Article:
BY RON STOHLER, PASTOR OF ADULTS & DISCIPLESHIP
On a fishing boat in the 70’s classic thriller Jaws, Captain Quint and two of his buddies try to one up each other by revealing their scars and stories of previous shark attacks, while they await their imminent doom with the giant, man-eating great white. While I don’t recommend this movie, the scene demonstrates the vulnerability of these rugged, sea-faring men.
As disciplers, we need to roll up our sleeves and show ‘em our scars. They are likely not the result of shark attacks, but they may be just as painful – a divorce, loss of a loved one, or death of a dream.
Andy Crouch, author of Strong and Weak, builds a strong case that to be a flourishing leader, we must balance both authority and vulnerability. Crouch defines vulnerability as “exposure to meaningful risk.” He goes on to explain, “Vulnerable at its root means woundable – and any wound deeper than the most superficial scratch injures and limits not just our bodies but our very sense of self.” Jesus embodied authority and vulnerability by the very nature of his divinity and humanity:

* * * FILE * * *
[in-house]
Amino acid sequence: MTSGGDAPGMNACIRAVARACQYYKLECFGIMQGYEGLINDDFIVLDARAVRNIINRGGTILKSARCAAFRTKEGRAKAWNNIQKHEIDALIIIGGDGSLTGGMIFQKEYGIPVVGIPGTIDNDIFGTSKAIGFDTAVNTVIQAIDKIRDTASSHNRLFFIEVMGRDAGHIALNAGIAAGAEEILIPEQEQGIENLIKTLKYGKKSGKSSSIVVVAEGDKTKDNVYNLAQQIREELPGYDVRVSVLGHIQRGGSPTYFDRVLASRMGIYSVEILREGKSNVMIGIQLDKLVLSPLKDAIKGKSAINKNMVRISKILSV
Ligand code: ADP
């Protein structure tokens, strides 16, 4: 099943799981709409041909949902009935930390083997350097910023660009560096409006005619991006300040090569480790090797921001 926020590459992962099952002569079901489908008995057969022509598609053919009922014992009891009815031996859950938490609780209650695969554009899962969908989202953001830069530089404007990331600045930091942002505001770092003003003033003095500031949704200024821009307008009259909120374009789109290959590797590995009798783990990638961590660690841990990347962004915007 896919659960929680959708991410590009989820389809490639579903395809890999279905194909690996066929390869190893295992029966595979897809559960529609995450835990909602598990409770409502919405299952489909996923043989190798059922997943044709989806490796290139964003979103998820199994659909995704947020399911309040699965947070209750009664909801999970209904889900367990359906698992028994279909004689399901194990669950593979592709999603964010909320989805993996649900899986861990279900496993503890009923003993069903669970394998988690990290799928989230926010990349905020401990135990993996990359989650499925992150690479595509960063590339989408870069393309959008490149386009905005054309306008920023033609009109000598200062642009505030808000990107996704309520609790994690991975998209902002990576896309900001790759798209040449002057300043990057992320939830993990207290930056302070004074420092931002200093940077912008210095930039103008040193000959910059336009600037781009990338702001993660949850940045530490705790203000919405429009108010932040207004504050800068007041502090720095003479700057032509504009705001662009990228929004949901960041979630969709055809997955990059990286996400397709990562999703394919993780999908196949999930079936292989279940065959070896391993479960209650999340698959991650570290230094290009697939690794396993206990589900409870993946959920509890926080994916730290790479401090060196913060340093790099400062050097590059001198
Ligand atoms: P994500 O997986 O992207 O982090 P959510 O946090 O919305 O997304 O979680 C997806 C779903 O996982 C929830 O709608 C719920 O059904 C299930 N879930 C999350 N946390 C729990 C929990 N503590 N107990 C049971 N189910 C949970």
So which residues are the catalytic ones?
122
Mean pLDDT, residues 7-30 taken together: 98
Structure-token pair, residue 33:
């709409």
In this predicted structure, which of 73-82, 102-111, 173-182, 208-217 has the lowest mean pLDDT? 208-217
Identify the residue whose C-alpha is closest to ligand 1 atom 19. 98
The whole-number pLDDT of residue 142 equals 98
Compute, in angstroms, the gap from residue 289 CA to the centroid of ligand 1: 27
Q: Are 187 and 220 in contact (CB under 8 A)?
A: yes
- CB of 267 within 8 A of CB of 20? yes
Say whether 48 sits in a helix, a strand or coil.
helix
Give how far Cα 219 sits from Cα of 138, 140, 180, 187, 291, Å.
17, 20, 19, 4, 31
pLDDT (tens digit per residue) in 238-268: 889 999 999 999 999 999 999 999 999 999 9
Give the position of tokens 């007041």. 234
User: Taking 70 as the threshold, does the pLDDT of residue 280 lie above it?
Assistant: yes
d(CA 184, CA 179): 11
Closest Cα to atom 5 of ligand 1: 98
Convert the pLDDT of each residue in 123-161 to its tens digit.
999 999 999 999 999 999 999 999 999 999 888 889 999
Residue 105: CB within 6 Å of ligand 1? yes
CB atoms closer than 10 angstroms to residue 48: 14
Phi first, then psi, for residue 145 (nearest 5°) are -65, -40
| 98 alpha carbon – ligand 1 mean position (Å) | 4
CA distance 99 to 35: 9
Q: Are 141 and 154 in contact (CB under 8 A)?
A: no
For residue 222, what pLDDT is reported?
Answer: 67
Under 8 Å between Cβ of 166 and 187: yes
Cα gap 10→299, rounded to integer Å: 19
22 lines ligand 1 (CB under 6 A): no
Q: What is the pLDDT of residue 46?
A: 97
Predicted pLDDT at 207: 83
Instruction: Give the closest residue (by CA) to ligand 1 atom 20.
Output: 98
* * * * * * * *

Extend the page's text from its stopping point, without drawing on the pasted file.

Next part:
Though he was God, he did not think of equality with God as something to cling to. Instead, he gave up His divine privileges; he took up the humble position as a slave and was born as a human being. When He appeared in human form, he humbled himself in obedience to God and died a criminal’s death on a cross. (Philippians 2:6-8, NLT).
After Jesus’ death and resurrection, Jesus revealed his scars, demonstrating both his authority and vulnerability.
Show ‘em your scars means taking a meaningful risk. Take the time while discipling to share your own scars and stories behind them. Share how God has healed you, or how He is still healing you. As a result, you will grow closer to your disciple and empower them to pass on what it means to be a truly flourishing disciple of Jesus Christ.